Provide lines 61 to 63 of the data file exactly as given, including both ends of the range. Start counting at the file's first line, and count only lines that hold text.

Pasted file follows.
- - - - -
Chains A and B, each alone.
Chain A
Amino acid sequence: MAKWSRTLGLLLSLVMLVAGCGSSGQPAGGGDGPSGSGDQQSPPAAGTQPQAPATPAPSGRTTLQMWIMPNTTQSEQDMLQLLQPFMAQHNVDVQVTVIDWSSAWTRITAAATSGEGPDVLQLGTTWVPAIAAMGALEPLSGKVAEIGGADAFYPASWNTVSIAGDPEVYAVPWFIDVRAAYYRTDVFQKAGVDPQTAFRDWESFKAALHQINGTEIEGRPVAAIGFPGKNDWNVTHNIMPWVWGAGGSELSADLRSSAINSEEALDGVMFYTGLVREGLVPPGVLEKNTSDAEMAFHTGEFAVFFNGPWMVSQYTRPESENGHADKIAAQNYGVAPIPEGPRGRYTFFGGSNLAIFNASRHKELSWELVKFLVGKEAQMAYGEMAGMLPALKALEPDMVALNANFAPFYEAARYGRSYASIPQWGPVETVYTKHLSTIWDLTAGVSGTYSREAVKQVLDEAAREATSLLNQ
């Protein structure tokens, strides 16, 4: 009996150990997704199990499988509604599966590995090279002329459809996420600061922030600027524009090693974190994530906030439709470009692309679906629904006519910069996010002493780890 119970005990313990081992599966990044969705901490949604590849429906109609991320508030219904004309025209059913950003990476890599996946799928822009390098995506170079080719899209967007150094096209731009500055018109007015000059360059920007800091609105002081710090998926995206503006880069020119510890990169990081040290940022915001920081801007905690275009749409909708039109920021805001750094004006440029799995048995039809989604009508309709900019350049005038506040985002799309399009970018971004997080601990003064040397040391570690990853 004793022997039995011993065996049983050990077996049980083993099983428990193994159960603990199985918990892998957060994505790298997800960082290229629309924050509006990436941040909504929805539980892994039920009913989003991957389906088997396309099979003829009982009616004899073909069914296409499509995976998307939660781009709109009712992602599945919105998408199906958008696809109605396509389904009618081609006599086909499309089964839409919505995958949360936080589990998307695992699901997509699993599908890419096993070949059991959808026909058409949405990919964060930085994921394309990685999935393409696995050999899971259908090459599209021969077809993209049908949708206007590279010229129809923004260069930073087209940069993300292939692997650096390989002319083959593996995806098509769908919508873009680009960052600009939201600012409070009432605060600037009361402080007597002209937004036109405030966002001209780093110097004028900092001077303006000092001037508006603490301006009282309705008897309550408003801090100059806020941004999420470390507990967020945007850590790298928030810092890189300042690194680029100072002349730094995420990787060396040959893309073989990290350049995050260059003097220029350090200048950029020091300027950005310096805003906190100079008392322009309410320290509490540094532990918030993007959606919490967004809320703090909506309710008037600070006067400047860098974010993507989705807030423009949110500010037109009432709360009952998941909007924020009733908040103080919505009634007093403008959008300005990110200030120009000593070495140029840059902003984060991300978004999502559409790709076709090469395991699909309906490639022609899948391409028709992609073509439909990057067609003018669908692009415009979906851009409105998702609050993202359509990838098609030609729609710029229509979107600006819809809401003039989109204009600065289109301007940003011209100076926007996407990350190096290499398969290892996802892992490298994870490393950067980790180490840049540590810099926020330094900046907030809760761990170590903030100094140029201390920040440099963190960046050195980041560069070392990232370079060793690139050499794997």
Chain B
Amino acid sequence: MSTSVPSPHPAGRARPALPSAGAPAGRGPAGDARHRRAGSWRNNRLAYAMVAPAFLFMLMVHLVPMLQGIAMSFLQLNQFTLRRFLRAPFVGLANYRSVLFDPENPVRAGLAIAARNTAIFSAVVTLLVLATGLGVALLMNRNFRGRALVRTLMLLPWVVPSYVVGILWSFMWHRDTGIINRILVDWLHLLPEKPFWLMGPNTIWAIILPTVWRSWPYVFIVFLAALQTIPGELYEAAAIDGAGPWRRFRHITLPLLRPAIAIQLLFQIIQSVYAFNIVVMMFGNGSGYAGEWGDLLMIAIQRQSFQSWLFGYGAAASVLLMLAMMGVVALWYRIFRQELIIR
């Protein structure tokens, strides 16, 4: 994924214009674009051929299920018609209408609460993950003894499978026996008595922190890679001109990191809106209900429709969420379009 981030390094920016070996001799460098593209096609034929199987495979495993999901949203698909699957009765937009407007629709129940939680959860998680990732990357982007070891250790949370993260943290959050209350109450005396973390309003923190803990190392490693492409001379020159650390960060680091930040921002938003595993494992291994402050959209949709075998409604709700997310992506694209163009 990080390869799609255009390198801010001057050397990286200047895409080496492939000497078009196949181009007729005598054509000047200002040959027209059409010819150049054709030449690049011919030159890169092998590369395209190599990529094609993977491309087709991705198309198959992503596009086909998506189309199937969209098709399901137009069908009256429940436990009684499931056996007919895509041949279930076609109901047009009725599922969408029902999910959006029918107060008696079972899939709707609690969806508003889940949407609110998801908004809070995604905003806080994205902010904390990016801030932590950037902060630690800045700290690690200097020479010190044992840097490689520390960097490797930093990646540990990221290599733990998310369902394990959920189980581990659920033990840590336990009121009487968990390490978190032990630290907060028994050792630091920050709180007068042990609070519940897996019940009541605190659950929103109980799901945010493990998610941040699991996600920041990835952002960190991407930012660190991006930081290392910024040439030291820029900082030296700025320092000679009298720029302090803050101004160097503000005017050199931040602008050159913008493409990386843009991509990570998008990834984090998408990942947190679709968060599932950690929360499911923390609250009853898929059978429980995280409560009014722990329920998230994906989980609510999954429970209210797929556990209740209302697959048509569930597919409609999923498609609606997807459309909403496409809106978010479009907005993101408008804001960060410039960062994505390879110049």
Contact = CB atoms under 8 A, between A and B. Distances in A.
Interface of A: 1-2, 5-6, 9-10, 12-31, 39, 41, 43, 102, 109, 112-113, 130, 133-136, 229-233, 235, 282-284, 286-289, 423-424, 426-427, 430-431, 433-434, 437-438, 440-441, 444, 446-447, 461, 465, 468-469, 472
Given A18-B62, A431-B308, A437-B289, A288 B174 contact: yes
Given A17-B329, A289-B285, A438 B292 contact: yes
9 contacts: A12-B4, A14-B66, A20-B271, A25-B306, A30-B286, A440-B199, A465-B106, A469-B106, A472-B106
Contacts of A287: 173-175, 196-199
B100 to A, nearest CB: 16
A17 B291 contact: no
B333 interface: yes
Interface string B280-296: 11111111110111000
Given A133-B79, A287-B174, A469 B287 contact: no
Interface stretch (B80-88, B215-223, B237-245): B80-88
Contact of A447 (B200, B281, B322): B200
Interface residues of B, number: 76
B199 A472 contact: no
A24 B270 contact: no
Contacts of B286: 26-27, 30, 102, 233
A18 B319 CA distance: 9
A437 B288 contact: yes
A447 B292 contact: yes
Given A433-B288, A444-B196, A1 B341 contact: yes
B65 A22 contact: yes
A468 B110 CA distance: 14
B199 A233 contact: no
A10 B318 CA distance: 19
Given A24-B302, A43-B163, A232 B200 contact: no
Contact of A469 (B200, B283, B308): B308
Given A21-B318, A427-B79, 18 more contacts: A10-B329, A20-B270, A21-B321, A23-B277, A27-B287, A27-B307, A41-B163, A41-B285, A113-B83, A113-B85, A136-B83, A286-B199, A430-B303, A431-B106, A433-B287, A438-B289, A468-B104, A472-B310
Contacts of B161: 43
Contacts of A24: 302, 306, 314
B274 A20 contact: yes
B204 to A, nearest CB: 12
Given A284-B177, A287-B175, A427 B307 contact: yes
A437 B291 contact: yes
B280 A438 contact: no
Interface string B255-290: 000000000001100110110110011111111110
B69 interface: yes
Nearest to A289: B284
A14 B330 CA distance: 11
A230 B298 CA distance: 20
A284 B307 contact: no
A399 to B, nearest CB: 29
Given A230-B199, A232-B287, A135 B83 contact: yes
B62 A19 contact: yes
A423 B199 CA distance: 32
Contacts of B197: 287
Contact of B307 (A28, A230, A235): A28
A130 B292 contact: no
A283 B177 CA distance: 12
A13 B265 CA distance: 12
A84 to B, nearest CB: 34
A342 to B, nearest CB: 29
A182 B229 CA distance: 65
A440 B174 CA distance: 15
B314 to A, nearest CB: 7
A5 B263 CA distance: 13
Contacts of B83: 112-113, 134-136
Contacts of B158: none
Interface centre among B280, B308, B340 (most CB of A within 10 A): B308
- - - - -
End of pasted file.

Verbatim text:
A440 B174 CA distance: 15
B314 to A, nearest CB: 7
A5 B263 CA distance: 13